The yeasty heart of the Daniel Boulud empire is hidden at the end of an East Village alley, through an unmarked door, and down a long, brightly-lit corridor. There, amid a phalanx of stainless steel ovens, mixers, and other machines, genial master baker Mark Fiorentino and his team of assistants turn out a dizzying array of breads for Boulud's half dozen restaurants. Luckily for us, you don't need a reservation and a fat wallet to try them. Stacks of delicious bread now decorate the wall behind the counter of Epicerie Boulud, the chef's new coffee shop up by Lincoln Center.
For Mark Fiorentino, the roomy new East Village bakery represents the culmination of a journey that began 13 years ago in a shoebox-sized workspace in the basement of the Boulud flagship, Restaurant Daniel. After culinary school, Mark started making pastry at the now-defunct Sign of the Dove before moving into bread at the Ecce Panis bakery. In 1998, Daniel Boulud hired him to make rolls and sliced bread for the Daniel breadbaskets. As the Boulud empire grew, Fiorentino was gradually given more and more space to make room for his expanded production needs. Today his bakers turn out 11 different breads for Daniel, as well numerous signature loaves for the other restaurants, including excellent burger buns and pretzel rolls for DB Bistro and DBGB. All of them reveal the skill and love of bread of Mark Fiorentino, who's certainly one of the top three bakers in the city.
Most of the loaves sold at Epicerie Boulud are formed from the exact same dough as the offerings in the Restaurant Daniel breadbasket, only in larger sizes. I'd start with the pain campagne, which is shaped like a pointy football with a couple of dramatic slash marks down its crusty back. It's made from a levain starter and mostly white flour with a bit pumpernickel and whole wheat flours mixed in. Its slightly darker twin is the whole wheat levain, which is made from whole wheat flour with some added wheat germ and bran, pumpernickel flour, and rolled oats.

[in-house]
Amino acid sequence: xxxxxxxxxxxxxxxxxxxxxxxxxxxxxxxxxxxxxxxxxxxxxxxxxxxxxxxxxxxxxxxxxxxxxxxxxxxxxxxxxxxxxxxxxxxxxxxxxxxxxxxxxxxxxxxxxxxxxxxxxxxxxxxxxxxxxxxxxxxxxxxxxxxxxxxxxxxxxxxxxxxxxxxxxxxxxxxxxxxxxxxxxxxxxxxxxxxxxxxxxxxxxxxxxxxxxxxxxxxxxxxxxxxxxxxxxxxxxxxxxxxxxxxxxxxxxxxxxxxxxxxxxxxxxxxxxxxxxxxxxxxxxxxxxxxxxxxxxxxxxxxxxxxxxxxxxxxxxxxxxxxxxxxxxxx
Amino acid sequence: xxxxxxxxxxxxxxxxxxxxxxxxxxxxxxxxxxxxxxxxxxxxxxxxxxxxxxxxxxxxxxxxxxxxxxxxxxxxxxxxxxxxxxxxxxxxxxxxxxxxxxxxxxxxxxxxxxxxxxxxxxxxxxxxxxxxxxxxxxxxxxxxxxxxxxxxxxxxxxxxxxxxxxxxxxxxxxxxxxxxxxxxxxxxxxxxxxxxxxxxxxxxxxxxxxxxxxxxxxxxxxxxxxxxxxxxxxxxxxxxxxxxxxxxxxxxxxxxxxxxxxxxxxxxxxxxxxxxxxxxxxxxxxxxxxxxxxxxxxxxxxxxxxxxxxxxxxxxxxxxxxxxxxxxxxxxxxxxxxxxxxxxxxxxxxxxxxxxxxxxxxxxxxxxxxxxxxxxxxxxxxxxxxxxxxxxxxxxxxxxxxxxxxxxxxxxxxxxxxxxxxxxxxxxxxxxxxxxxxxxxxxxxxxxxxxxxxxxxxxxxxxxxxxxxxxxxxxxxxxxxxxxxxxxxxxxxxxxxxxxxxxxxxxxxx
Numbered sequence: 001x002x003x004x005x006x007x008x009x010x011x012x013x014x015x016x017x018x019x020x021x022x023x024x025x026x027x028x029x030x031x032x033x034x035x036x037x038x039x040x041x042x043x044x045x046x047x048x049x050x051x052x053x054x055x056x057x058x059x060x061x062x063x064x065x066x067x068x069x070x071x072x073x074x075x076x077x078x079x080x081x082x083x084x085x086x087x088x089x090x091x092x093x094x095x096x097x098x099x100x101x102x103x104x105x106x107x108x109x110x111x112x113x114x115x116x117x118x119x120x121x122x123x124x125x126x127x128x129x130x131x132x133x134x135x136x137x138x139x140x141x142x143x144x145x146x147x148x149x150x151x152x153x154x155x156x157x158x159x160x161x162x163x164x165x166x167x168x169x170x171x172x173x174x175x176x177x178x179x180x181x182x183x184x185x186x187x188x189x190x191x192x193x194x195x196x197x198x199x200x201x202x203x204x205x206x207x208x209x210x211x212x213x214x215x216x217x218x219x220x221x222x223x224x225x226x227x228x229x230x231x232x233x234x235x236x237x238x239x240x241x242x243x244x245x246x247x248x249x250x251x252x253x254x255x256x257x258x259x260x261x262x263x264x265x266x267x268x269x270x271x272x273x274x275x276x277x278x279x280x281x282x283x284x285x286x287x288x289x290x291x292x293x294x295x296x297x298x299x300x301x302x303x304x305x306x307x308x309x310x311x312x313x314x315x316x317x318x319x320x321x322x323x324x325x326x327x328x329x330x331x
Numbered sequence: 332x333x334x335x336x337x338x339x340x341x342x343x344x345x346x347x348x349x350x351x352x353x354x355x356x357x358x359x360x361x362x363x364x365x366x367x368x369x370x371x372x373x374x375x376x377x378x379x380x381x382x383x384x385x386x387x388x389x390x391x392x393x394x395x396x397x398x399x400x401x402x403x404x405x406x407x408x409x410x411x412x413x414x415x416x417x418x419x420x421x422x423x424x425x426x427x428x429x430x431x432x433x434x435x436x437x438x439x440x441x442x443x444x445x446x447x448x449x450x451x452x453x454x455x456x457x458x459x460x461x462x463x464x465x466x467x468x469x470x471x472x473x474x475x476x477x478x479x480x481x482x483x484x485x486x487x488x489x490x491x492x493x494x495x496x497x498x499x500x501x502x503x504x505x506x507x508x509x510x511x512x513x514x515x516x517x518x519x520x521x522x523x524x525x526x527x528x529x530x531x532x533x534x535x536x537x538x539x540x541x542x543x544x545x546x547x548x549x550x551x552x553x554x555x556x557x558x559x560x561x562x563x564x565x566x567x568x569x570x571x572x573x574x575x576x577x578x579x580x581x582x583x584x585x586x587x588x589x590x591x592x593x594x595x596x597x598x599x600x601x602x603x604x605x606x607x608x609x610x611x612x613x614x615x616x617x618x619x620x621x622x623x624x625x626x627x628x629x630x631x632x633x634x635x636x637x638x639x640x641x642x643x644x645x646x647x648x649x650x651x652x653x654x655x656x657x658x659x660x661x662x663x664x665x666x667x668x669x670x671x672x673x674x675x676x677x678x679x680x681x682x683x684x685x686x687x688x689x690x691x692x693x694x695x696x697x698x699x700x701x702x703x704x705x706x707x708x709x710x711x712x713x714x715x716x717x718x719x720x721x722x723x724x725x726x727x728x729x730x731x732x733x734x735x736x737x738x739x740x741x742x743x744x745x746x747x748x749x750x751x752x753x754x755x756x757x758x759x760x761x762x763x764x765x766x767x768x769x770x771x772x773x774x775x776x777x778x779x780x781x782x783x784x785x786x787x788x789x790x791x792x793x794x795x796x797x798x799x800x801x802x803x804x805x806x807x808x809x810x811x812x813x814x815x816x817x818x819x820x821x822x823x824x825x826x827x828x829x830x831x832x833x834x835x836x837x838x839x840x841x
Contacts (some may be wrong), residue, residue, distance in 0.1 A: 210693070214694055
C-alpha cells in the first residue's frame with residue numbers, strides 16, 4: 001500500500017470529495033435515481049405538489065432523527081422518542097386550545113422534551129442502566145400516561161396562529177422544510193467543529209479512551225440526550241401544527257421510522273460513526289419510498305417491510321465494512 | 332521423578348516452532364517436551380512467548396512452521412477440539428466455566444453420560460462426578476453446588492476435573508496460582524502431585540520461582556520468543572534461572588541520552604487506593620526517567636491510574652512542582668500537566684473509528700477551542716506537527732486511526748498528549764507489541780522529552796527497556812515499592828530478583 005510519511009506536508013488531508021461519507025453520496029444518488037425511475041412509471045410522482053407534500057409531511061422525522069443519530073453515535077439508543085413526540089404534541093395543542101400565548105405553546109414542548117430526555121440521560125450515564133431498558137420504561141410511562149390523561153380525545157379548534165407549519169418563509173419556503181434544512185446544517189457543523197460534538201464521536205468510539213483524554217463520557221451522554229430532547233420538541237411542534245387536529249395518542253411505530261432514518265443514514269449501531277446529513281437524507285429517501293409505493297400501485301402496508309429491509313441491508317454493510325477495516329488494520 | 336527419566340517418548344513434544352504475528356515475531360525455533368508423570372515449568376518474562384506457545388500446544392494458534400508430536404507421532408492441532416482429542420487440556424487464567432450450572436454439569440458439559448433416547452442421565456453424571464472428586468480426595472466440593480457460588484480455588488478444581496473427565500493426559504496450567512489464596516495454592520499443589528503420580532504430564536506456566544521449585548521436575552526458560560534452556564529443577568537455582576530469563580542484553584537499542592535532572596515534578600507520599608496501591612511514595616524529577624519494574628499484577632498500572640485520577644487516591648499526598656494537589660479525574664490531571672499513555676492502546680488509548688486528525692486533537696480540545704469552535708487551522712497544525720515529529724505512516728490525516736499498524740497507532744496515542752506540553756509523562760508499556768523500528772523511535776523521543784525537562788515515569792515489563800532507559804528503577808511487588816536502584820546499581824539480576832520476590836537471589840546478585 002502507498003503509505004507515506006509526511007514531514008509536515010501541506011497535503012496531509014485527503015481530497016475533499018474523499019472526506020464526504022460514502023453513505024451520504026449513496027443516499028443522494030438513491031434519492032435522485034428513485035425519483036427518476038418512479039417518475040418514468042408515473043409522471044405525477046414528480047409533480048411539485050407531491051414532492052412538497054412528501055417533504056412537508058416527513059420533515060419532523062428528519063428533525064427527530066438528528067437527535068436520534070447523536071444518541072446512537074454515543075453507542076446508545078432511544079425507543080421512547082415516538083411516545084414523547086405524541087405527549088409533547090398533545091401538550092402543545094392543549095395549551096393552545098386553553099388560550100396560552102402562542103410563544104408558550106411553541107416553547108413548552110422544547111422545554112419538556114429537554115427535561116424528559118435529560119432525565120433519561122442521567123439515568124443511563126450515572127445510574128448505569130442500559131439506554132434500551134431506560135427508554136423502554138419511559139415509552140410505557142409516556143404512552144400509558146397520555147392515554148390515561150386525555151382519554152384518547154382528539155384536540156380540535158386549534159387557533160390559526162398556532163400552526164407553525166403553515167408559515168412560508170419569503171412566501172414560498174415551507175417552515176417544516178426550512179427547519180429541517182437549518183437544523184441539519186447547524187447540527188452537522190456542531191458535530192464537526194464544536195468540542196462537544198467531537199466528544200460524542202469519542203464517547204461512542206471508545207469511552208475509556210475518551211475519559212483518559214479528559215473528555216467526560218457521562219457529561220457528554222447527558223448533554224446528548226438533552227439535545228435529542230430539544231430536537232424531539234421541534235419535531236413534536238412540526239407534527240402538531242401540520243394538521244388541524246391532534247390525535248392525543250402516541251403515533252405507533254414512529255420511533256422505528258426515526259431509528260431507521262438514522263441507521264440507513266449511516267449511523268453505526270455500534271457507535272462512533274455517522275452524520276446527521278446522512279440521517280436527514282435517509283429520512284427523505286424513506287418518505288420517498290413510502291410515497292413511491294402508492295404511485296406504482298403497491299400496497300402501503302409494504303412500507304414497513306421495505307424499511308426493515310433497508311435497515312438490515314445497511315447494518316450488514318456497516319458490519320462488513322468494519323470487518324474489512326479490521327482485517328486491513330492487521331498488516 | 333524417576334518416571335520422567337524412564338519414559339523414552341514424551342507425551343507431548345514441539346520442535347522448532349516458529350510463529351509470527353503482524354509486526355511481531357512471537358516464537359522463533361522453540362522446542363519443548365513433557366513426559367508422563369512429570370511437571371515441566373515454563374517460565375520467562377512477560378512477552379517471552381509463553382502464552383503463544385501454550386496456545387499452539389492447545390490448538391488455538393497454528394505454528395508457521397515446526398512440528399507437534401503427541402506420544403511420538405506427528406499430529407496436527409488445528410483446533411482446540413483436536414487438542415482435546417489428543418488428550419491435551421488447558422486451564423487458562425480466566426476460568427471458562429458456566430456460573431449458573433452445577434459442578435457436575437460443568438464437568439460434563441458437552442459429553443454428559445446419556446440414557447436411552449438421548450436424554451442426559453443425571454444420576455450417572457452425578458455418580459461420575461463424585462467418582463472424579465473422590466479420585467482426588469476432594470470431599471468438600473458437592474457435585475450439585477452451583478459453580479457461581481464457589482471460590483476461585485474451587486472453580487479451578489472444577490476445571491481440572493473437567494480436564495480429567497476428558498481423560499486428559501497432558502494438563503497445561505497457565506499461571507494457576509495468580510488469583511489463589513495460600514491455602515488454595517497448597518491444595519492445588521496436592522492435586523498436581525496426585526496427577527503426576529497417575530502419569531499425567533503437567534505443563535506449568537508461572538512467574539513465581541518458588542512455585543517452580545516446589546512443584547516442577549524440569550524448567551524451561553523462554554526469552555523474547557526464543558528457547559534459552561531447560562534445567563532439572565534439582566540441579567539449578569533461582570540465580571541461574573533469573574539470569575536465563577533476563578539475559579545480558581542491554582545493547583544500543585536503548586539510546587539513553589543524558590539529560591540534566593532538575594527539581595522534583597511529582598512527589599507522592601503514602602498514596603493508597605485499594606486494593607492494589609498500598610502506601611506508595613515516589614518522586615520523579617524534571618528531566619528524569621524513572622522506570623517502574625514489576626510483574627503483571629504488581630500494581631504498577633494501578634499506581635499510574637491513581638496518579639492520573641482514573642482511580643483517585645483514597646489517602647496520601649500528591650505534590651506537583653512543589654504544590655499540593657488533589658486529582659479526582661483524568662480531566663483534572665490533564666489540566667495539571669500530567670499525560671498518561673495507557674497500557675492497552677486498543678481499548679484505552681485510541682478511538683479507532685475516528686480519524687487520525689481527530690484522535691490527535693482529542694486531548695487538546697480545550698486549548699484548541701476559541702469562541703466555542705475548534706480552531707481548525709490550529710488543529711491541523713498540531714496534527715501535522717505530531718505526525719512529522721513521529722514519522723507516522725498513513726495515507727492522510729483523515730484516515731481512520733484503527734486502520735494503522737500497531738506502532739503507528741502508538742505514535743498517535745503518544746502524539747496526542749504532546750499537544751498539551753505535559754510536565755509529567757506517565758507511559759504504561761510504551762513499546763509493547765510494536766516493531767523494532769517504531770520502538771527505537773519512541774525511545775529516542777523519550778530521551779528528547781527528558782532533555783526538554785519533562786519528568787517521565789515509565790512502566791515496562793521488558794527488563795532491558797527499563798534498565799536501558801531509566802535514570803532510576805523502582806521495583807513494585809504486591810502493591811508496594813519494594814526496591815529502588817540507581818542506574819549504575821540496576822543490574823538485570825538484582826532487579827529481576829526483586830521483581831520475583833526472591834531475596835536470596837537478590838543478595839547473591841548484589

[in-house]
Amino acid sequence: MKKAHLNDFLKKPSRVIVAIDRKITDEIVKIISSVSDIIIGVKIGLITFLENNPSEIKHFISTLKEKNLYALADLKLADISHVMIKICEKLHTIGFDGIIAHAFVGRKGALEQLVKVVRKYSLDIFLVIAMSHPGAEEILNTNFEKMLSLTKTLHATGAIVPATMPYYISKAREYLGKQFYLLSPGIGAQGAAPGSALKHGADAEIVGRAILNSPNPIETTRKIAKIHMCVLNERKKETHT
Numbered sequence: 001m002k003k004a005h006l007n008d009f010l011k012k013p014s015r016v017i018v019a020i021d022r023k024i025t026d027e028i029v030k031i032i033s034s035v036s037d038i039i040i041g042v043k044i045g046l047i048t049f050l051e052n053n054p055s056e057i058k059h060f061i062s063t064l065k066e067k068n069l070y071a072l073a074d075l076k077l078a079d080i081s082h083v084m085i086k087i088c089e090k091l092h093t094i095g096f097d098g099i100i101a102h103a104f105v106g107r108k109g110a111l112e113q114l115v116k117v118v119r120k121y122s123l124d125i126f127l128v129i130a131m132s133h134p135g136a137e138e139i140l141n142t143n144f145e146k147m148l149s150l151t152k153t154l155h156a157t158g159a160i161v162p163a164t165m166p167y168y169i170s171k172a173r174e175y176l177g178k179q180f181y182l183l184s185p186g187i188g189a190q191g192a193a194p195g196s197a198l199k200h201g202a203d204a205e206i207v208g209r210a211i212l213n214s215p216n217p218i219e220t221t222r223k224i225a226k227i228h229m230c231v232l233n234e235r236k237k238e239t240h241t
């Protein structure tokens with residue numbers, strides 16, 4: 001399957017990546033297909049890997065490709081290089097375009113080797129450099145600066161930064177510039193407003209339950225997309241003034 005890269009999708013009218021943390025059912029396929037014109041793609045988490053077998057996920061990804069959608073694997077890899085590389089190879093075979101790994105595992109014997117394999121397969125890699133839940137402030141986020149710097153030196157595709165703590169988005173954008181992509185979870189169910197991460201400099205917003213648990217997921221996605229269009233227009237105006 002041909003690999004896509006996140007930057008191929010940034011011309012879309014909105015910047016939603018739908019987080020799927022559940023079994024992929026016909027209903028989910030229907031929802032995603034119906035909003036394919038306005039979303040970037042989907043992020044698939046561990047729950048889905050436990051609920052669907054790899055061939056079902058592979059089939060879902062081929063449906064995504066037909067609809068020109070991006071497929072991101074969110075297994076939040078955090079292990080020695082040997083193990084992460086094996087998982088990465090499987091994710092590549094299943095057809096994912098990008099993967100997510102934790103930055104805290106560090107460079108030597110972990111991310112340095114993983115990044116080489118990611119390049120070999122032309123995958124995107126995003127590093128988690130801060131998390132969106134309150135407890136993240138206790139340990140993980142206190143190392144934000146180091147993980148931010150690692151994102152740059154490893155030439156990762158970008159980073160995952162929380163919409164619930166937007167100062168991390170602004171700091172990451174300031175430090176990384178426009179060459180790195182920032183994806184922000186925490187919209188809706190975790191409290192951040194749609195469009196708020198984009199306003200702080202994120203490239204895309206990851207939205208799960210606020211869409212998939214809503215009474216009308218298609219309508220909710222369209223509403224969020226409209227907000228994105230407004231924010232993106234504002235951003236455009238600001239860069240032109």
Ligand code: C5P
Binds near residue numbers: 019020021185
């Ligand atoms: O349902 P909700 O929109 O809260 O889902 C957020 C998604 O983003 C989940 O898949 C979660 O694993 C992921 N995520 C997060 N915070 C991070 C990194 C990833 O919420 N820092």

The doughs for both the white and wheat loaves are mixed the day before and then allowed to ferment almost 24 hours before baking. The long ferment is the secret technique of the master baker, giving the loaves a fine, deep flavor. Both are encased in an excellent chewy crust. The pain campagne acquires a slight sourdough bite, while the whole wheat levain has a gently nutty flavor from the combination of flours, wheat germ, and oats.
Fiorentino also uses the slow ferment to produce his excellent baguettes, which are made from white flour with a dash of pumpernickel flour for flavor. After an overnight ferment, the loaves are shaped in the morning and then baked three times a day. Epicerie Boulud gets its baguette deliveries at 8 am, 11:30 am, and 4:30 pm, so you can make sure that you always have a fresh baguette.
For a smaller bite, the Boulud rolls--both sourdough and whole wheat--are an amazing combination of substance and airy delight. About the size of a flattened spaldeen, the sourdough roll can be devoured in two or three bites, with the accompaniment of a liberal smear of butter. At first taste, the roll seems like a puff of air encased in a delicate crust. On the second or third chew, you realize that the roll has backbone, flavored with a delicate sour tang.
Finally, you have to try Mark's roasted garlic focaccia. There are a lot of mistakes you can make with focaccia--too dry, too oily, too thick, too wet, and so on. The Boulud version avoids all of them by using a light touch. The hole-y crumb of this focaccia is delicate, gaining substance from a faint infusion of olive oil. The top is lightly sprinkled with chips of roasted garlic, grated Parmesan cheese, and sea salt. The result isn't a meal in itself but an aperitif meant to stimulate appetite. No wonder that, at Restaurant Daniel, this focaccia is compulsory in every breadbasket.